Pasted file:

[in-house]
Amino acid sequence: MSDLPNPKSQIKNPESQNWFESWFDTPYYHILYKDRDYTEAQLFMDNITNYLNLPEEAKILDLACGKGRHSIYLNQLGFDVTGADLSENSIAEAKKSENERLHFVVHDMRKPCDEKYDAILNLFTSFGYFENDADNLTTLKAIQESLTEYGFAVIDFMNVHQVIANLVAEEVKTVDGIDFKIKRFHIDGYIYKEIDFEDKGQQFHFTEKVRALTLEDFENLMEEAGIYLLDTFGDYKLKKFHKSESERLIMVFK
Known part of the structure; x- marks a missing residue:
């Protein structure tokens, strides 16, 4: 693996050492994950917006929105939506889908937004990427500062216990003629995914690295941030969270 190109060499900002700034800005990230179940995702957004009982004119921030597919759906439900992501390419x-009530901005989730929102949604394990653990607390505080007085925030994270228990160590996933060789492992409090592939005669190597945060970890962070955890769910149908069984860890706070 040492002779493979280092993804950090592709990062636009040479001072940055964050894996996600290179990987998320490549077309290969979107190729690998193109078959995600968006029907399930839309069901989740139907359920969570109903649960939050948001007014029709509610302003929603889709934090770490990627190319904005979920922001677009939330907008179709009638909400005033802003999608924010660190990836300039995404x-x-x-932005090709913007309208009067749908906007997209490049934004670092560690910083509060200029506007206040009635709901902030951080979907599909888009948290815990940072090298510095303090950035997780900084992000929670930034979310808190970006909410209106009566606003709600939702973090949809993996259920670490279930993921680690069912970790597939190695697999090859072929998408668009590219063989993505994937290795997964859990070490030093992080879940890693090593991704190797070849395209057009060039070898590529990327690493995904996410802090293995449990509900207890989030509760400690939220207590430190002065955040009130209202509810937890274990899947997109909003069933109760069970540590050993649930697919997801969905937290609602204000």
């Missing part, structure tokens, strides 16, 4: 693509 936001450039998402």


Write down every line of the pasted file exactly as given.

[in-house]
Amino acid sequence: MSDLPNPKSQIKNPESQNWFESWFDTPYYHILYKDRDYTEAQLFMDNITNYLNLPEEAKILDLACGKGRHSIYLNQLGFDVTGADLSENSIAEAKKSENERLHFVVHDMRKPCDEKYDAILNLFTSFGYFENDADNLTTLKAIQESLTEYGFAVIDFMNVHQVIANLVAEEVKTVDGIDFKIKRFHIDGYIYKEIDFEDKGQQFHFTEKVRALTLEDFENLMEEAGIYLLDTFGDYKLKKFHKSESERLIMVFK
Known part of the structure; x- marks a missing residue:
């Protein structure tokens, strides 16, 4: 693996050492994950917006929105939506889908937004990427500062216990003629995914690295941030969270 190109060499900002700034800005990230179940995702957004009982004119921030597919759906439900992501390419x-009530901005989730929102949604394990653990607390505080007085925030994270228990160590996933060789492992409090592939005669190597945060970890962070955890769910149908069984860890706070 040492002779493979280092993804950090592709990062636009040479001072940055964050894996996600290179990987998320490549077309290969979107190729690998193109078959995600968006029907399930839309069901989740139907359920969570109903649960939050948001007014029709509610302003929603889709934090770490990627190319904005979920922001677009939330907008179709009638909400005033802003999608924010660190990836300039995404x-x-x-932005090709913007309208009067749908906007997209490049934004670092560690910083509060200029506007206040009635709901902030951080979907599909888009948290815990940072090298510095303090950035997780900084992000929670930034979310808190970006909410209106009566606003709600939702973090949809993996259920670490279930993921680690069912970790597939190695697999090859072929998408668009590219063989993505994937290795997964859990070490030093992080879940890693090593991704190797070849395209057009060039070898590529990327690493995904996410802090293995449990509900207890989030509760400690939220207590430190002065955040009130209202509810937890274990899947997109909003069933109760069970540590050993649930697919997801969905937290609602204000």
């Missing part, structure tokens, strides 16, 4: 693509 936001450039998402």